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Opponents, media have a field day with Christie 'Bridge-gate' crisis

New Jersey governor Chris Christie faces the most difficult challenge of his administration as e-mails link his staff to lane closures on the George Washington Bridge.
New Jersey governor Chris Christie faces the most difficult challenge of his administration as e-mails link his staff to lane closures on the George Washington Bridge.
Photo by Kena Betancur/Getty Images

The editorial board of the Newark Star-Ledger stopped its coverage of most anything newsworthy yesterday, to issue an editorial lambasting Governor Chris Christie for the burgeoning crisis that centers around lane closures on the George Washington Bridge (GWB) in September 2013. The newspaper chided Christie's personal style; sounding more like a jilted lover than a non-partisan news source.

Christie’s aggressive temperament is a home-field asset. Voters who hate his politics still swoon over his combative charm. Christie’s bullied his way to a landslide re-election. But will the Jersey-thug act play in Iowa? New Hampshire? Probably not.

The newspaper does a disservice to a matter that is newsworthy on a number of different fronts. First, the fact that a gubernatorial aide, Bridget Anne Kelly, was in e-mail contact with a Port Authority official, David Wildstein, over the GWB lane closures certainly merits further investigation. The fact that Christie's campaign manager, Bill Stepien, was aware of the circumstances is troubling as well.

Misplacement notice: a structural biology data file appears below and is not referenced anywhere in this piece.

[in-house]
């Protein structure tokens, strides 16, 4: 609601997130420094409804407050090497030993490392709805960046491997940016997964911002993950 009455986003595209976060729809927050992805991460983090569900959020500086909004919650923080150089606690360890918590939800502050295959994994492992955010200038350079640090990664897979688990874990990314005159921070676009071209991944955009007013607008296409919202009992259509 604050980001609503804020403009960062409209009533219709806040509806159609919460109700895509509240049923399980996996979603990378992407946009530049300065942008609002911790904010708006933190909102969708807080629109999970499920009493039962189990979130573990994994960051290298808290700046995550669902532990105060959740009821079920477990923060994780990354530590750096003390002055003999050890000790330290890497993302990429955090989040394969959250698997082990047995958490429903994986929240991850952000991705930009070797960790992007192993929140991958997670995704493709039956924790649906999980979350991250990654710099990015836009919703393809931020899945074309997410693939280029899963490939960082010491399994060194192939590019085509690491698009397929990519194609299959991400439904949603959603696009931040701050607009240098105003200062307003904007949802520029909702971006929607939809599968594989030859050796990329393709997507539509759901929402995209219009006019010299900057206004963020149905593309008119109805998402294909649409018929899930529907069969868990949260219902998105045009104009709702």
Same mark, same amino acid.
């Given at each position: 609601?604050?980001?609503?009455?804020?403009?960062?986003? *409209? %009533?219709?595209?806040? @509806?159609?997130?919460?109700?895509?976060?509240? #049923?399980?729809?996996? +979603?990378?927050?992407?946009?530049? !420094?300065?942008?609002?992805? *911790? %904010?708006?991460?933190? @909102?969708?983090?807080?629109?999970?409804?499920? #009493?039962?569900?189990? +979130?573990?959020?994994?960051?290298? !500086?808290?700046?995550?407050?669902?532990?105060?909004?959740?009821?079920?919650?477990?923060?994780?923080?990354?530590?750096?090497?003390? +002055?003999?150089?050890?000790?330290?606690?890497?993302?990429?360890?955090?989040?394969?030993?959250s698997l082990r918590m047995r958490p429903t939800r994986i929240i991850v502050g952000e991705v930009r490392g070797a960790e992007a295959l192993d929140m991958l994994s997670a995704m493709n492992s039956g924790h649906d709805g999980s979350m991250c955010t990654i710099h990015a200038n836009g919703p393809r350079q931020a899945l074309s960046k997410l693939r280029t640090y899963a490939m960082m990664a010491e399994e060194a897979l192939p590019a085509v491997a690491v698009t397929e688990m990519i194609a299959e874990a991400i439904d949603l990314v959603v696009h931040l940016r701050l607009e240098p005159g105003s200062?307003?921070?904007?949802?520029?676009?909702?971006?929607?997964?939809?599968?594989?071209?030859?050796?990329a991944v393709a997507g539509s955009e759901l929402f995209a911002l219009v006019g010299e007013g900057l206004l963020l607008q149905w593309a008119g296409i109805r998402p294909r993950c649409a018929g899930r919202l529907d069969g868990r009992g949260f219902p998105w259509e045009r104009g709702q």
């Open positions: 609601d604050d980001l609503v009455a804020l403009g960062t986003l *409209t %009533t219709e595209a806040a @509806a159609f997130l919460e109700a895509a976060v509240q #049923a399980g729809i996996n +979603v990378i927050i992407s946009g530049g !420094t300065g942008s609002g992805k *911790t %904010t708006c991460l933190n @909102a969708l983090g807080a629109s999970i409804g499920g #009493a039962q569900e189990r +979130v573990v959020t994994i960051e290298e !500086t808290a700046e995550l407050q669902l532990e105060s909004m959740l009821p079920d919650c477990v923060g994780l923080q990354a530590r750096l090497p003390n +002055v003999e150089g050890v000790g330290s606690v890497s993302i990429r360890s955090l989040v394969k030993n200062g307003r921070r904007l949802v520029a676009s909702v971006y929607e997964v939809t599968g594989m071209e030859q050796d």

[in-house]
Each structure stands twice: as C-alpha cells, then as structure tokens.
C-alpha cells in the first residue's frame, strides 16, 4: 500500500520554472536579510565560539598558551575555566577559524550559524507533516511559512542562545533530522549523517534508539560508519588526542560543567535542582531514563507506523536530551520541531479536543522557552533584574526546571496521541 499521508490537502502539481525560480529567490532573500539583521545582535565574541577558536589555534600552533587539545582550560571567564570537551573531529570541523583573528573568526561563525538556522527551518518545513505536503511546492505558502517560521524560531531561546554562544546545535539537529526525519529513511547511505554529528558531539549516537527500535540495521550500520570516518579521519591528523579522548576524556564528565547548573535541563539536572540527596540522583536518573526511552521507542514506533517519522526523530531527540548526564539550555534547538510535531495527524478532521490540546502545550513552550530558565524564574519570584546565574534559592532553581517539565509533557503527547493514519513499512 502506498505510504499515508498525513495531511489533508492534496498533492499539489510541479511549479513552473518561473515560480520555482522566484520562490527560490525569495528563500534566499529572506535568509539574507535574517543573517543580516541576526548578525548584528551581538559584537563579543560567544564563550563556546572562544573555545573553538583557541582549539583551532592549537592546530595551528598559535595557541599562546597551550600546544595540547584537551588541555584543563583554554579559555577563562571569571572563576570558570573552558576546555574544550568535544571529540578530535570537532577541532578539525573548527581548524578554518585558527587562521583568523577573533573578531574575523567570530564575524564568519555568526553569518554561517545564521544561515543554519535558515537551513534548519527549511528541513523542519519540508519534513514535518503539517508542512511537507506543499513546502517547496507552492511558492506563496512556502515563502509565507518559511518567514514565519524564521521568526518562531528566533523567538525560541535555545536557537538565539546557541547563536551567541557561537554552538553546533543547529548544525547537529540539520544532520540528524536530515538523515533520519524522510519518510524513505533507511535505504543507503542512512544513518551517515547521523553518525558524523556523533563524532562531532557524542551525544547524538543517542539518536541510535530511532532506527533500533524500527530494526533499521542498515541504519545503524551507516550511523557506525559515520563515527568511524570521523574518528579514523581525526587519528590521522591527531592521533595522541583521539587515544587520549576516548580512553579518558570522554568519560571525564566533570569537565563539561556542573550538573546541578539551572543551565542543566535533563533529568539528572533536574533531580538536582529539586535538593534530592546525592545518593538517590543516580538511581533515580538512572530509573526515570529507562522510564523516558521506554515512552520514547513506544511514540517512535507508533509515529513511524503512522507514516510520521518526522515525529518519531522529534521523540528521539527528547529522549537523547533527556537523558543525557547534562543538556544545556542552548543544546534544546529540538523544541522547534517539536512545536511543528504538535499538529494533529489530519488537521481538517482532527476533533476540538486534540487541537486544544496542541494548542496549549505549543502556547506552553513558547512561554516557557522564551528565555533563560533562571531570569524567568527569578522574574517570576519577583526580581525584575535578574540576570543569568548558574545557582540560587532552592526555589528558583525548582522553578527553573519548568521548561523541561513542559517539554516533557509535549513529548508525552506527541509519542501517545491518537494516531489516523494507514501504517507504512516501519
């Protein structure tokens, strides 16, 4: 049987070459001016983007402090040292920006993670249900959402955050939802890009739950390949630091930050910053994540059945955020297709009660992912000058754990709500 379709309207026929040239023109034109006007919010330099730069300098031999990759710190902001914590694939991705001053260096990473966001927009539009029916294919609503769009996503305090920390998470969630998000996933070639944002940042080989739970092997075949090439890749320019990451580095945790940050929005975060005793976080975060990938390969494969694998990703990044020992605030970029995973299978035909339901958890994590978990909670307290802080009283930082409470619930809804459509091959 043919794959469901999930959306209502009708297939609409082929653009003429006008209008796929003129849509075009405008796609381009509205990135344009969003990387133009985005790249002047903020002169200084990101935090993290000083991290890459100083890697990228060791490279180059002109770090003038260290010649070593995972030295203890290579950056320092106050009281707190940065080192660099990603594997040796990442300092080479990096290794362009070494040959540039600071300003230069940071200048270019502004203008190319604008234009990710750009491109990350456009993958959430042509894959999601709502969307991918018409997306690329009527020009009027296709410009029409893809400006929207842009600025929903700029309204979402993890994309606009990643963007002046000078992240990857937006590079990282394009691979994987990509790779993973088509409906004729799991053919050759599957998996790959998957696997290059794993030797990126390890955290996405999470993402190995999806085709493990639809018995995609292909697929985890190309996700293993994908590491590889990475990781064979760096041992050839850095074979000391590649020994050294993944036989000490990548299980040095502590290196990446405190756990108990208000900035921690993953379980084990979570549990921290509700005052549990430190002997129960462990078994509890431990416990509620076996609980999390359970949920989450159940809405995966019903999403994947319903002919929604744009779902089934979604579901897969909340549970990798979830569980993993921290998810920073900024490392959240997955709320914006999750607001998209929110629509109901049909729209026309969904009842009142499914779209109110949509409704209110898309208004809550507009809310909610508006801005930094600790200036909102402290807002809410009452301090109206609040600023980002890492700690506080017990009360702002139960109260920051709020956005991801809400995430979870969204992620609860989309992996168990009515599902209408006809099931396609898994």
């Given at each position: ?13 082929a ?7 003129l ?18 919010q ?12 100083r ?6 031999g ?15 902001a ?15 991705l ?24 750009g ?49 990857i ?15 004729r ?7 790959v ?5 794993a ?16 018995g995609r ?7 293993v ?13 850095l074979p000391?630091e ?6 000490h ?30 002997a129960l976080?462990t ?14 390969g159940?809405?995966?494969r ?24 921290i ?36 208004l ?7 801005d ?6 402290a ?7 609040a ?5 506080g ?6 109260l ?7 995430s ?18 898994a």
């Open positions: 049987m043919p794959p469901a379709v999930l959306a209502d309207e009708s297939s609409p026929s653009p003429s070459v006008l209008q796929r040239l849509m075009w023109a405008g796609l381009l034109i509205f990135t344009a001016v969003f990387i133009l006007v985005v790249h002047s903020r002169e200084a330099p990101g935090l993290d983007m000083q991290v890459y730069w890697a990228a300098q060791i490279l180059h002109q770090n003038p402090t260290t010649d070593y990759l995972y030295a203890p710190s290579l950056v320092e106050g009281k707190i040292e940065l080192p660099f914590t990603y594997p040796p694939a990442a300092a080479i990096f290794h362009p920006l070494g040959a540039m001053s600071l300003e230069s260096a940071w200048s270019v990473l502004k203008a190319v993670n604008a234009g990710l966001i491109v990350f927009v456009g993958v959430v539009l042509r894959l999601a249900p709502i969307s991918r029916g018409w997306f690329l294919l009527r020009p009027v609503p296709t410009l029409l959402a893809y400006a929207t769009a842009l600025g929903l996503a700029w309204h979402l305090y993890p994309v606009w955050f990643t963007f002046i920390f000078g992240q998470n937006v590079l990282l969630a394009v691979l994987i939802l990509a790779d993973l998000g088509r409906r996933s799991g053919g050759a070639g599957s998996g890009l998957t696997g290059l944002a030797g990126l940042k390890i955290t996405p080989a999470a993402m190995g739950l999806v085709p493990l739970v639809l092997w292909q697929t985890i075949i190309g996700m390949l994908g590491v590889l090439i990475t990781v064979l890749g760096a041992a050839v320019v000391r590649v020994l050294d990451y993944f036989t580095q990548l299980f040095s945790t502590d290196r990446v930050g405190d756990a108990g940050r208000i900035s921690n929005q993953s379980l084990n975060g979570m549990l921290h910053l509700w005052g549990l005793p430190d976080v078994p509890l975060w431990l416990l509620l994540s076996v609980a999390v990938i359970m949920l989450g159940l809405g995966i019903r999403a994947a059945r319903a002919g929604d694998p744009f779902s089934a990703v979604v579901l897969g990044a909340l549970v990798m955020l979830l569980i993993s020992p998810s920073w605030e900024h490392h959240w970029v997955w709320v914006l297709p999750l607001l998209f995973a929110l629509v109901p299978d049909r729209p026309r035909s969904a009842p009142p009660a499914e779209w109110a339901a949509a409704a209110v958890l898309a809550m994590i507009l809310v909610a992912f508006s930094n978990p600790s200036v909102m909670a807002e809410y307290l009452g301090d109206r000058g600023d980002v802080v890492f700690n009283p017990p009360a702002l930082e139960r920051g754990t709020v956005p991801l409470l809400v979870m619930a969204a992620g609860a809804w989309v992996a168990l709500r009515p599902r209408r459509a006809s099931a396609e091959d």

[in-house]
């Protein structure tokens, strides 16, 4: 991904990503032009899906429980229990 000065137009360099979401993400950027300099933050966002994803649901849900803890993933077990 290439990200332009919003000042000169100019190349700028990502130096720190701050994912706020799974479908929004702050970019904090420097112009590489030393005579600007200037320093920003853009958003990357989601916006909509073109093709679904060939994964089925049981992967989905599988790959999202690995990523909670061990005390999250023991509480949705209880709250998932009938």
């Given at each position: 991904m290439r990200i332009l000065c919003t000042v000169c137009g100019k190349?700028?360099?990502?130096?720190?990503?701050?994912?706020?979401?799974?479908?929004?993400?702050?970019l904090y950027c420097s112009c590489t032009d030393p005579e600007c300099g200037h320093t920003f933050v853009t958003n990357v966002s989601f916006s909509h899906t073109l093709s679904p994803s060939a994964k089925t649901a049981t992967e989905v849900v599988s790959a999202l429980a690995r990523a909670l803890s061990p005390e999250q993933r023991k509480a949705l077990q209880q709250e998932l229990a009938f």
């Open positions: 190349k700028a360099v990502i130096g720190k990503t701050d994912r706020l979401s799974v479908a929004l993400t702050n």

But The Star-Ledger jumps the gun by not allowing all the dominoes to fall, wanting more to instantly damage a potential presidential run, than uncover what really happened.

The newspaper opines:

Nationwide, voters probably won’t remember the name of the city or its bridge, or when Kelly emailed Wildstein. They won’t care if he says his minions lied to him. They will remember that Christie was angry with Fort Lee’s mayor and took his revenge on commuters and schoolkids.

Max Pizzaro reported in today that Stepien was a promoter of the work that Kelly did in Bergen County, which is how she ended up in the governor's office. "Another source told PolitickerNJ that Kelly's ascent to the governor's inner circle surprised party members who believed long-time GOP loyalist Amanda Gasperino deserved a shot, " Pizarro writes.

It certainly remains within the realm of possibility that these aides acted on their own, using their status as government officials to be punitive. If that is the case, then it would not be the first time that something similar has occurred.

But no one has yet directly linked Christie to the lanes closures, so the fact of the matter remains that while this may be a stain on the governor's record, it merely represents a crisis of his administration. Therefore, the state's largest newspaper should hold its powder and wait for the entire story to be told before it starts its victory dance.

Keep in mind that The Star-Ledger did not endorse Governor Jon Corzine for re-election in 2009 based upon his lackluster record. Endorsing an underperforming Democrat would make the newspaper seem like a shill for the party, but instead of endorsing the Republican, Christie, The Star-Ledger threw its support behind third-party candidate Christopher Daggett.

Daggett was a former commissioner in the administration of Republican Tom Kean in the 1980s, and The Star-Ledger certainly knew, in almost a Machevellian way, that most of the votes that Daggett would attract were probable Christie votes, so its Daggett support was a backhanded way of actually supporting Corzine.

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